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Document Max. Freq Min. Freq
Harper's Encyclopedia of United States History (ed. Benson Lossing) 266 266 Browse Search
Brigadier-General Ellison Capers, Confederate Military History, a library of Confederate States Military History: Volume 5, South Carolina (ed. Clement Anselm Evans) 77 77 Browse Search
Lucius R. Paige, History of Cambridge, Massachusetts, 1630-1877, with a genealogical register 52 52 Browse Search
Cambridge History of American Literature: volume 3 (ed. Trent, William Peterfield, 1862-1939., Erskine, John, 1879-1951., Sherman, Stuart Pratt, 1881-1926., Van Doren, Carl, 1885-1950.) 39 39 Browse Search
Cambridge History of American Literature: volume 2 (ed. Trent, William Peterfield, 1862-1939., Erskine, John, 1879-1951., Sherman, Stuart Pratt, 1881-1926., Van Doren, Carl, 1885-1950.) 22 22 Browse Search
Benjamin Cutter, William R. Cutter, History of the town of Arlington, Massachusetts, ormerly the second precinct in Cambridge, or District of Menotomy, afterward the town of West Cambridge. 1635-1879 with a genealogical register of the inhabitants of the precinct. 15 15 Browse Search
Thomas Wentworth Higginson, Henry Walcott Boynton, Reader's History of American Literature 14 14 Browse Search
Francis Jackson Garrison, William Lloyd Garrison, 1805-1879; the story of his life told by his children: volume 2 10 10 Browse Search
The Cambridge of eighteen hundred and ninety-six: a picture of the city and its industries fifty years after its incorporation (ed. Arthur Gilman) 10 10 Browse Search
Mrs. John A. Logan, Reminiscences of a Soldier's Wife: An Autobiography 10 10 Browse Search
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Browsing named entities in Southern Historical Society Papers, Volume 19. (ed. Reverend J. William Jones). You can also browse the collection for 1876 AD or search for 1876 AD in all documents.

Your search returned 2 results in 2 document sections:

Southern Historical Society Papers, Volume 19. (ed. Reverend J. William Jones), The Virginia, or Merrimac: her real projector. (search)
which it is surmounted. Her immense bulk, unprecedented armament, powerful machinery and the provision for ramming and for resisting the impact of rams as well as of shot and shell, have made it necessary that strength and solidity should enter into every part of the structure. The Inflexible having been accepted as one of the types of the British future line — of battle ships, two others have been put in process of construction—the Ajax, which was laid down at the Pembroke dock-yard in 1876; and the Agamemnon, commenced at the Chatham in the same year, and launched in 1879. After so full an account of the Inflexible, any detailed description of these two sister ships would be a mere repetition. The Colossus and the Majestic * * *two steel sister ships, are of the same type as the vessels just described, and of dimensions between the Inflexible and the Ajax. In Constructor Porter's reply to Justice, he says: Of the great and skillful calculations of the displacemen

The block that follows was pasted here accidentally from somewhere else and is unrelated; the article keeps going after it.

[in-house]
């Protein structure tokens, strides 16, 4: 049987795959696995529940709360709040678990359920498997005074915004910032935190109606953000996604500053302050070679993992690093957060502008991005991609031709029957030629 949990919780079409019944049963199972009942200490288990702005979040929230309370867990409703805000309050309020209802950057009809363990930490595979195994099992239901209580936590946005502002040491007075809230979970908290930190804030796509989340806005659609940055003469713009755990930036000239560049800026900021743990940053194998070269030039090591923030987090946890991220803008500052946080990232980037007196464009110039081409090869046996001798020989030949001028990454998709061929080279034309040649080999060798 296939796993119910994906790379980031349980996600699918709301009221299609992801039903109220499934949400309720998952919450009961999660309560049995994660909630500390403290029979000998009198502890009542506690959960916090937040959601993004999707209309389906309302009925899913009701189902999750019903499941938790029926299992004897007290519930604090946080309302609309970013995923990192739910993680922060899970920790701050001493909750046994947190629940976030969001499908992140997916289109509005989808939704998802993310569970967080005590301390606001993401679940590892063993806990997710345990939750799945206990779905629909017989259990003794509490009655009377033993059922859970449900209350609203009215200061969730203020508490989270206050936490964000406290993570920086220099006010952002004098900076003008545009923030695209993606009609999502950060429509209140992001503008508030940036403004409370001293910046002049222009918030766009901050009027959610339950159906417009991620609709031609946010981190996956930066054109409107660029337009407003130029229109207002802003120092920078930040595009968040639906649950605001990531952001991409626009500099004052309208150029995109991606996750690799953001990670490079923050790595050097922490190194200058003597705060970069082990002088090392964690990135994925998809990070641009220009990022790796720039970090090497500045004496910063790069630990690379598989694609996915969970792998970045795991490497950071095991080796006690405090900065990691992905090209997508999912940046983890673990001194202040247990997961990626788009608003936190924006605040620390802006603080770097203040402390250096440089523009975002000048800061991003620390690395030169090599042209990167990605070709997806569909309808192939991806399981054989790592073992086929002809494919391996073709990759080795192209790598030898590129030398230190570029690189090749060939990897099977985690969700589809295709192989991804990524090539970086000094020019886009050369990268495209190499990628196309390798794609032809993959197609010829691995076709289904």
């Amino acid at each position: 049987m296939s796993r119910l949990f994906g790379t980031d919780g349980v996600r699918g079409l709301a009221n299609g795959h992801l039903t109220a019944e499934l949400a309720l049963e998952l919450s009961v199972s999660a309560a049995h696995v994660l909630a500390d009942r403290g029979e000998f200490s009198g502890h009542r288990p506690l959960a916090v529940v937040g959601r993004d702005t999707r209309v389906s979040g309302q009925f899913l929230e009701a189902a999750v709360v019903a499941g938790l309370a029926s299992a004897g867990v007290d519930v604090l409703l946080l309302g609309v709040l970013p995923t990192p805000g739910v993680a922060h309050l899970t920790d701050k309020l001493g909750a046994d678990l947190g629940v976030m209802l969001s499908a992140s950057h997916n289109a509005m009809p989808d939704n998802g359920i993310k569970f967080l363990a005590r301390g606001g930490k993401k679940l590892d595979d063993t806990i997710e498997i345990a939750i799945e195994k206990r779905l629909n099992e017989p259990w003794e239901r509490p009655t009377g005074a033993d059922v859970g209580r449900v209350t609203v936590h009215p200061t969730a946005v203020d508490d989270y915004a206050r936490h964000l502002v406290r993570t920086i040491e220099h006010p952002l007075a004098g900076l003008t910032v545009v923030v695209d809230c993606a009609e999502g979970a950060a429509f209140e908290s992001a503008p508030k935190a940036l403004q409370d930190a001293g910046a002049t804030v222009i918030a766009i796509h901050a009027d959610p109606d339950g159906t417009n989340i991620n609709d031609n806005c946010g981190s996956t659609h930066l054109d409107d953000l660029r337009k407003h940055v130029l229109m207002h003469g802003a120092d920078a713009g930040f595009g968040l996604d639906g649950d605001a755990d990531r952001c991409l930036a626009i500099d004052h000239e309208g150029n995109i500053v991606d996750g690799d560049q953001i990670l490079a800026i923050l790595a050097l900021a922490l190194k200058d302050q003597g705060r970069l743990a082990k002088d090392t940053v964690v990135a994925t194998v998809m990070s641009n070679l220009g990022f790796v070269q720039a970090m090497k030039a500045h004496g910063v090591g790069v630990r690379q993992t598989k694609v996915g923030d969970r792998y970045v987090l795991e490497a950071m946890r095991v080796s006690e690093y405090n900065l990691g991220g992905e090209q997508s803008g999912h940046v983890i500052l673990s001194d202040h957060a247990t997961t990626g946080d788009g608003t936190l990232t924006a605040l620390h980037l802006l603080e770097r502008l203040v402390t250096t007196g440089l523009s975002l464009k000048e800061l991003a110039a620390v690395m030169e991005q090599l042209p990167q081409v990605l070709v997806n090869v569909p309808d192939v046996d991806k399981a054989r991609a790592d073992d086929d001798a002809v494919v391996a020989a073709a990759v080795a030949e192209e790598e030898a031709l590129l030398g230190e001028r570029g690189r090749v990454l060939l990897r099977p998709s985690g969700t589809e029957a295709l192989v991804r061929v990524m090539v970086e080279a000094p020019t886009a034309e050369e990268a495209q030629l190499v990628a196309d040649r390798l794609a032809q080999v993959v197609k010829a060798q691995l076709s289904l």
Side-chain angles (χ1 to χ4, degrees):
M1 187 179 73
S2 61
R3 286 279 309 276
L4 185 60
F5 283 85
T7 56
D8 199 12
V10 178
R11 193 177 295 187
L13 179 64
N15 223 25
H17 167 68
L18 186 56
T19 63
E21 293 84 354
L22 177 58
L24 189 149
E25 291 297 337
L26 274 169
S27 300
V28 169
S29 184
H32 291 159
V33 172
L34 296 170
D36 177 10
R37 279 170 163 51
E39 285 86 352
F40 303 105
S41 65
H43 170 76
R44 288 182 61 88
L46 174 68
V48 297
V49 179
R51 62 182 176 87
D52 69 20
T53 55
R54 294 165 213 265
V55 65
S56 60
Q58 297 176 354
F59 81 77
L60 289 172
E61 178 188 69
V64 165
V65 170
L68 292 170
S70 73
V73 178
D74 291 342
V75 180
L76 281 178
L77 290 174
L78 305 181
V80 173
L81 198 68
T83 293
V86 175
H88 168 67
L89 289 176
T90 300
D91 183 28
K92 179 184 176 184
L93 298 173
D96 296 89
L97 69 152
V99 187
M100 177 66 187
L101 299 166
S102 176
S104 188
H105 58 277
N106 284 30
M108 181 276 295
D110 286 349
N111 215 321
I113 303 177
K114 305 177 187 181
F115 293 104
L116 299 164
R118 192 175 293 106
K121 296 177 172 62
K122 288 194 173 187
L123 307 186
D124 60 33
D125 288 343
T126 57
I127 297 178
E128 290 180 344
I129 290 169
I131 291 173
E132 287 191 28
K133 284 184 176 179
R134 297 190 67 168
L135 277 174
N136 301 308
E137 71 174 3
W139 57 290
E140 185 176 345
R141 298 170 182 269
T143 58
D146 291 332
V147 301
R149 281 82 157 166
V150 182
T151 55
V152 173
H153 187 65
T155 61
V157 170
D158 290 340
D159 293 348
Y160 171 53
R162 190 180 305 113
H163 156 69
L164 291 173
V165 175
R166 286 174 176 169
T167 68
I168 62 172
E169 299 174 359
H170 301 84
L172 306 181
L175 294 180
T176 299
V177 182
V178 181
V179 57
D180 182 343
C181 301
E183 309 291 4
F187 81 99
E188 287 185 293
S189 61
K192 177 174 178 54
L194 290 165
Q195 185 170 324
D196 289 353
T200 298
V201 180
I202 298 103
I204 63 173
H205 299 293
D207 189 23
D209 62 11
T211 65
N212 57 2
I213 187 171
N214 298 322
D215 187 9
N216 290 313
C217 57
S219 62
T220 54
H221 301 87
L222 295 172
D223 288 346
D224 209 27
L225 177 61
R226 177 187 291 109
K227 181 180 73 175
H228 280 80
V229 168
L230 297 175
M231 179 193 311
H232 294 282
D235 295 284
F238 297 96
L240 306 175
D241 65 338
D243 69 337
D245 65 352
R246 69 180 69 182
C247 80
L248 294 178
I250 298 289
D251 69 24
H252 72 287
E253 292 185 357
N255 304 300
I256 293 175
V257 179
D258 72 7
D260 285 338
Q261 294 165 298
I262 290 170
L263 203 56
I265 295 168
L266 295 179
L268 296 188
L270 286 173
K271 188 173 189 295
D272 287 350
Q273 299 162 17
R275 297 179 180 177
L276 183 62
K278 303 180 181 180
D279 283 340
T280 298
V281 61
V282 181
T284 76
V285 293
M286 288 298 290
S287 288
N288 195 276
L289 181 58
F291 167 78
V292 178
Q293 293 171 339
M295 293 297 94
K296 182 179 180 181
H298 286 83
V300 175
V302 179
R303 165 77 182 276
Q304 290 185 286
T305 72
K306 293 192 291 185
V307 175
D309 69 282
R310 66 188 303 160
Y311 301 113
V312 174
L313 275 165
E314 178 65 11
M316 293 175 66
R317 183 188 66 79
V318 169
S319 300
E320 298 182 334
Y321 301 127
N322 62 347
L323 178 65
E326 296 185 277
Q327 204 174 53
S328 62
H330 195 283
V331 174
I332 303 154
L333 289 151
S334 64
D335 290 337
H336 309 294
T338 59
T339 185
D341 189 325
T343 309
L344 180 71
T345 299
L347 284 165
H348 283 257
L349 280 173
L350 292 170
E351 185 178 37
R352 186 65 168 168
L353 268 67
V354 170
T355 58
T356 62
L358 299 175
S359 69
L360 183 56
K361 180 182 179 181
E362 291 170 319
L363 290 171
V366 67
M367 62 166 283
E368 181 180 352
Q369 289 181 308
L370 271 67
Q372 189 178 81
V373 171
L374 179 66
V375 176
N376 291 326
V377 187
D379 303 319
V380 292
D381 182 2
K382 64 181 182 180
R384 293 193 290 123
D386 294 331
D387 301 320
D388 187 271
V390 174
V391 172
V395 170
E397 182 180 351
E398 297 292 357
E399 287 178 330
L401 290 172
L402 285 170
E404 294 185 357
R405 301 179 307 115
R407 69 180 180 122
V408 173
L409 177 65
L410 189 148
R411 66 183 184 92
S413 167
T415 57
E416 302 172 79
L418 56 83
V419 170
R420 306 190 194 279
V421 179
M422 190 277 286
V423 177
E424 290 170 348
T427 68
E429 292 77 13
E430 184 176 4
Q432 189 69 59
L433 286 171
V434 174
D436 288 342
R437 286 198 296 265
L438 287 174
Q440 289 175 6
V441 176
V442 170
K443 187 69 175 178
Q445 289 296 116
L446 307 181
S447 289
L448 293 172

Southern Historical Society Papers, Volume 19. (ed. Reverend J. William Jones), chapter 1.59 (search)
n the Dispatch of Sunday, March 15th, there is a clipping from the Atlanta Constitution, giving an account of a stormy scene which occurred in the Confederate States Senate between Ben. Hill and William L. Yancey, and the writer says so far as I know neither one ever saw in print any reference to the episode which came so near ending in the immediate death of Yancey. Now, I have in a scrap-book a clipping from the Columbia (Tenn.) Herald, date not given, but which was published about 1874 or 1876, which says: Among the many events of personal interest that occurred in the South during the late war but few are of more dramatic character or aroused a deeper interest among our people than the unfortunate personal difficulty which took place in the Confederate States Senate at Richmond, during its secret session, between Mr. William L. Yancey, of Alabama, and Mr. Ben. H. Hill, of Georgia. Several different and conflicting versions of this affair have been given through the southern